I would really like to use Learning Catalytics, but I still have a couple of students each semester who do not have smart phones. Also, I believe it costs money to subscribe for more than a month, and I am not made of money. But this is the way of the future—clickers are just a stepping stone. Bret

  2. Andy "SuperFly" Rundquist Says:

    here’s my thoughts about cards vs clickers: http://arundquist.wordpress.com/2010/01/09/clickers-vs-cards/

  3. Joss Ives Says:

    Hi Bret. I agree that it doesn’t seem like a productive use of time to try to prepare an entire course using a certain teaching style just so that one can spend a significant amount of time the next time to reform it. Work toward your long-term plan right away.

    I’m finding myself gravitating more and more to wanting the students to come to class having encountered a conceptual overview of the topic instead of having read all of section or chapter. Last time I taught quantum mechanics this meant, over the course of a chapter, I would bounce back and forth between making pencasts and getting them to read the textbook. Then in class we would dig into the important but challenging derivations from the text which I had used my pencasts to help them avoid during their preclass assignments.

    • bretbenesh Says:

      I like the idea of “encountered a conceptual overview of the topic.” I think that it is a good goal, and I don’t think that we can expect more than that in many situations.

      So I will start working toward that. But this is going to be an incremental improvement; right now, I am just going to have them read the text due to time constraints.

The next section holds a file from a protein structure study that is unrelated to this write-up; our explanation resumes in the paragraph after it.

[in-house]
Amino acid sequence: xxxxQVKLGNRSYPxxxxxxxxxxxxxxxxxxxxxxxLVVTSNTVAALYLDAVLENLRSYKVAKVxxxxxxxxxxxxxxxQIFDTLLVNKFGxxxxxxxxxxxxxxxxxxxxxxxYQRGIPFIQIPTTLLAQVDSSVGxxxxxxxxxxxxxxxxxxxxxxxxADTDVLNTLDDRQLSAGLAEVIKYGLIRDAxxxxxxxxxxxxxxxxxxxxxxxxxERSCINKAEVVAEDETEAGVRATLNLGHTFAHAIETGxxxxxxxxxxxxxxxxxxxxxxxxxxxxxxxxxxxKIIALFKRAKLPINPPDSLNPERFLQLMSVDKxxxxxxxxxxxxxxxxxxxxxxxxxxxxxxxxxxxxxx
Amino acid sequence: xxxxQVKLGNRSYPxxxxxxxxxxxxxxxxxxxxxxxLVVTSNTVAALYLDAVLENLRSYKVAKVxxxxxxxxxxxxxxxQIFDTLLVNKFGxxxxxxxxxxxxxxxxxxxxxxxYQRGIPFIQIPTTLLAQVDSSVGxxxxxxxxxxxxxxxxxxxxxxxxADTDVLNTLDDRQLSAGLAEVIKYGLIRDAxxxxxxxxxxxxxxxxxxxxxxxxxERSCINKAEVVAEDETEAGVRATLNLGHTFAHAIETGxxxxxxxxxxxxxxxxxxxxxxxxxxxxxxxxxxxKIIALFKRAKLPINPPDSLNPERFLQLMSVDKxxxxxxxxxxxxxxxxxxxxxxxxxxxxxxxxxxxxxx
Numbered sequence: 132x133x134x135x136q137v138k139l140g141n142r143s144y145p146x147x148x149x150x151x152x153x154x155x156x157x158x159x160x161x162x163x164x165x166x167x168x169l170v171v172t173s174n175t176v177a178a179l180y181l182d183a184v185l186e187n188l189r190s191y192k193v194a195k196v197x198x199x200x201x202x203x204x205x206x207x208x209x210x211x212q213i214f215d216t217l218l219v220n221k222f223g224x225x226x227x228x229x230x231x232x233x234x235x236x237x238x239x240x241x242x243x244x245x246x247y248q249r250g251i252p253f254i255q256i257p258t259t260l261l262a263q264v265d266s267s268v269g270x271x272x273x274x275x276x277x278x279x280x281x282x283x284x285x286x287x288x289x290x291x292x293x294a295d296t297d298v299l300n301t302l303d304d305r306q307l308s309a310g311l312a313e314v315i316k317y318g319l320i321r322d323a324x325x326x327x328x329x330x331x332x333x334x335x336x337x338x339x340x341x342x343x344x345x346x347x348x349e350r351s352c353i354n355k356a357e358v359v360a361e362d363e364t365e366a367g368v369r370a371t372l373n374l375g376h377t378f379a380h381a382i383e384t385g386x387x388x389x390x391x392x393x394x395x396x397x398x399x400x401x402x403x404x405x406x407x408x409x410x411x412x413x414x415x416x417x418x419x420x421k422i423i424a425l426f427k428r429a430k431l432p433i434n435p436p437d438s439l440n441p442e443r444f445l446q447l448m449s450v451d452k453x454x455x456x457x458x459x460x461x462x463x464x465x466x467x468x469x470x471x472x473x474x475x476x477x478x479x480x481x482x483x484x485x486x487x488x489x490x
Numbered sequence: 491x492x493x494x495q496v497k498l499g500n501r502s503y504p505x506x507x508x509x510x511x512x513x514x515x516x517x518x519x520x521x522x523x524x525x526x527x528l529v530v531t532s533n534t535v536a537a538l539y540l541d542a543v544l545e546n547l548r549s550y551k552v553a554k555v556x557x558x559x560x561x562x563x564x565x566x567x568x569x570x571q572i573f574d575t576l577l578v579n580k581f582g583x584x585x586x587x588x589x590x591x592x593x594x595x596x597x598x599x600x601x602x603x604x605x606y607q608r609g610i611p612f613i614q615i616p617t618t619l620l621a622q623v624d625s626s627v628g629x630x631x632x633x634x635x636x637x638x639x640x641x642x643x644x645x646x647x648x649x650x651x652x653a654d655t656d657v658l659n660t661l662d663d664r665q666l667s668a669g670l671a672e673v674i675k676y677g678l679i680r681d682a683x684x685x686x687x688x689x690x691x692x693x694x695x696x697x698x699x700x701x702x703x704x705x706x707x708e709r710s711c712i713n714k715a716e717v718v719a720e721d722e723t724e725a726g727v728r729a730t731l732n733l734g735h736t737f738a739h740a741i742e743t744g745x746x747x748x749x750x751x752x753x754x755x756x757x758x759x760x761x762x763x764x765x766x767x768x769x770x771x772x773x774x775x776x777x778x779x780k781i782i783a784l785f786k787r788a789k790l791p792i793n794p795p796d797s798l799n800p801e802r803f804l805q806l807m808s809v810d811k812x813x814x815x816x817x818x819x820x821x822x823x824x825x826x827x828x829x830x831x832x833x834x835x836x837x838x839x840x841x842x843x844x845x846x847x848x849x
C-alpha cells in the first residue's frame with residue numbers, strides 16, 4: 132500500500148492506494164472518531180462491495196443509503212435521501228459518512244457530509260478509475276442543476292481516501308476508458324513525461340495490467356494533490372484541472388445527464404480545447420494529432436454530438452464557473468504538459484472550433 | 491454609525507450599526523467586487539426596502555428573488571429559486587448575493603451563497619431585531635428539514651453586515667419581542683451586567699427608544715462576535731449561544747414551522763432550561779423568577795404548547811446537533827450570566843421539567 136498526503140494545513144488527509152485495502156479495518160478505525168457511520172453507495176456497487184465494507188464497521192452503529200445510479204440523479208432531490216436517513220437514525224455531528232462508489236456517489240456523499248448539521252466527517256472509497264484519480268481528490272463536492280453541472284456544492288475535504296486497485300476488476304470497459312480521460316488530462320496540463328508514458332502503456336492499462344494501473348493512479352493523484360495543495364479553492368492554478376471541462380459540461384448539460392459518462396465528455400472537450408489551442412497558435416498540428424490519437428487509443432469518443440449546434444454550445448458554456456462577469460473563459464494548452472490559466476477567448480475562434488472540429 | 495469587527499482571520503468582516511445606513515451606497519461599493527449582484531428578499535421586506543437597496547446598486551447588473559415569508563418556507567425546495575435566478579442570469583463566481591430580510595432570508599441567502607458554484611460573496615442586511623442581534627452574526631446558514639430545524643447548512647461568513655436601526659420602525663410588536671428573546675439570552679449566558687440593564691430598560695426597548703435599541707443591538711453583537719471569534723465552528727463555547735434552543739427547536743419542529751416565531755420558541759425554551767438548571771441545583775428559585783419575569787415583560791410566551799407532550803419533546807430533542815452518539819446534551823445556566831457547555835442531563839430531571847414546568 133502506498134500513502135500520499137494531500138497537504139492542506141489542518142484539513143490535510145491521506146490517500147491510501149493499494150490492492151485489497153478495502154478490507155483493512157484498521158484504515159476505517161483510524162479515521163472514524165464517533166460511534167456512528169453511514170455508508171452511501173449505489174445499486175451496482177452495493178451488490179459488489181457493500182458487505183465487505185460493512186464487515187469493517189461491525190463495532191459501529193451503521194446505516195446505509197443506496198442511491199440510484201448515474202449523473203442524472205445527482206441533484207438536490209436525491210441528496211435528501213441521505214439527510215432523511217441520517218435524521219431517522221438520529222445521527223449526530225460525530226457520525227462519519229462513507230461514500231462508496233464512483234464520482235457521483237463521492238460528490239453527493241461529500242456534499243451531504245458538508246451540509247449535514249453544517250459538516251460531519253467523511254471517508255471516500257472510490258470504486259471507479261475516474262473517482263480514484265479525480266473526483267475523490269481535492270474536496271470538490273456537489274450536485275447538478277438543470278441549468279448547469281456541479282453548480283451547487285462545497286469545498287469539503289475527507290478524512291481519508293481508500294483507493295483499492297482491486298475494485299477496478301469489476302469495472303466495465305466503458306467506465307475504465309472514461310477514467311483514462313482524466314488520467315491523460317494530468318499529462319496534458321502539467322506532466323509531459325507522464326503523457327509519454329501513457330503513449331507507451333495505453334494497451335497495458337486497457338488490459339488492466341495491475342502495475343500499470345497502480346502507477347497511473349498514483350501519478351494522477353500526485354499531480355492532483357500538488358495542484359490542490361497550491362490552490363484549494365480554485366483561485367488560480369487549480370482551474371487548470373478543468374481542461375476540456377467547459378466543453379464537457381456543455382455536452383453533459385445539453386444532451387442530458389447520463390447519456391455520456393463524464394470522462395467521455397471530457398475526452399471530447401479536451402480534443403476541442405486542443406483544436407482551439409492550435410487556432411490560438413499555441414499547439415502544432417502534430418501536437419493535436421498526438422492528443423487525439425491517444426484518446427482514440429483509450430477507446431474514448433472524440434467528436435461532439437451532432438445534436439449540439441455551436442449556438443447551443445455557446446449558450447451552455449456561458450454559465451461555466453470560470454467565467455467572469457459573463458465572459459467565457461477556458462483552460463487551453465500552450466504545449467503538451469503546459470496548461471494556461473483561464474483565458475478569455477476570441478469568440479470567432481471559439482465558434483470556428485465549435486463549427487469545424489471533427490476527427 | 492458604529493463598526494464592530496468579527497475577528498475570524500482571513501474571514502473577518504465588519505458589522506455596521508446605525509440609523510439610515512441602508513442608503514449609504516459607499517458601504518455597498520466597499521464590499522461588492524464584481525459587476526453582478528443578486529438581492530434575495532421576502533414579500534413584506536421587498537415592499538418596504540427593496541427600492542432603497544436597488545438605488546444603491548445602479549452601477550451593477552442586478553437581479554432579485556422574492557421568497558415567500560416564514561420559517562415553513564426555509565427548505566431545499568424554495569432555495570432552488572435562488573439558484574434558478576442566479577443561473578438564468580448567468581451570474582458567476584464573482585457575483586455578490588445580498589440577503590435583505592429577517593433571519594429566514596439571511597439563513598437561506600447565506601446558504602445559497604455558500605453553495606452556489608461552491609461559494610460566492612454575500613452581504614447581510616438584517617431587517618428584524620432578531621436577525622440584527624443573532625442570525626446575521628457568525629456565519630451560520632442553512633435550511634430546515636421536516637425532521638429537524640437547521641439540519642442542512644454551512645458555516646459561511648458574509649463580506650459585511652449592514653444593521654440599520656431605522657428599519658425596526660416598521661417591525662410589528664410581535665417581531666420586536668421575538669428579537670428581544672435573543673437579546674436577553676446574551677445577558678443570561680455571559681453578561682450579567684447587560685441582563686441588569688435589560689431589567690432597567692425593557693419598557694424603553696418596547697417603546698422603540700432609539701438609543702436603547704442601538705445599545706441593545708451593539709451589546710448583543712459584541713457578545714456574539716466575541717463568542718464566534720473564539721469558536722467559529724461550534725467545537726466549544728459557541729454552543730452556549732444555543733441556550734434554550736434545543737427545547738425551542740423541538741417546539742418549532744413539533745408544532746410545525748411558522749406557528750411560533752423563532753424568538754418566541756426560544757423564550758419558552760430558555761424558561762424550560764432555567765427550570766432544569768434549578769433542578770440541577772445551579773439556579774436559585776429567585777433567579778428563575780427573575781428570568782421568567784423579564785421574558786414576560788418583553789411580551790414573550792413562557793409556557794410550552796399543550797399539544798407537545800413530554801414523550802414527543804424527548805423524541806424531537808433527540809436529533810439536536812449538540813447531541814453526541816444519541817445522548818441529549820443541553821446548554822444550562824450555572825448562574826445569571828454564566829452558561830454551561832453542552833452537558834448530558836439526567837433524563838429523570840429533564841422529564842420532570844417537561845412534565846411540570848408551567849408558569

So I suppose that I am advocating some sort of balance, although I am on the “do more work toward flipping right now” side of the scale.

  4. Doug Says:

    Stumbled on your site when searching Jo boaler. I appreciate that you have taken the theory into the practical… I think that math ed has stagnated in the us despite all these great ideas because one or two details can quickly make a “great idea” dysfunctional. I teach middle school math and whenever I search for good questions I get all those sites selling collections of lousy questions. Do you know of any sites or have search ideas for good pre-algebra or geometry questions?

    • bretbenesh Says:

      Hi Doug,

      Unfortunately, no. I have some experience with the Core Plus and CMP textbooks, and they seem to be decent in terms of questions. But my expertise is not in 6–12 mathematics, so I don’t have much good to tell you.

      Does anyone else have any recommendations?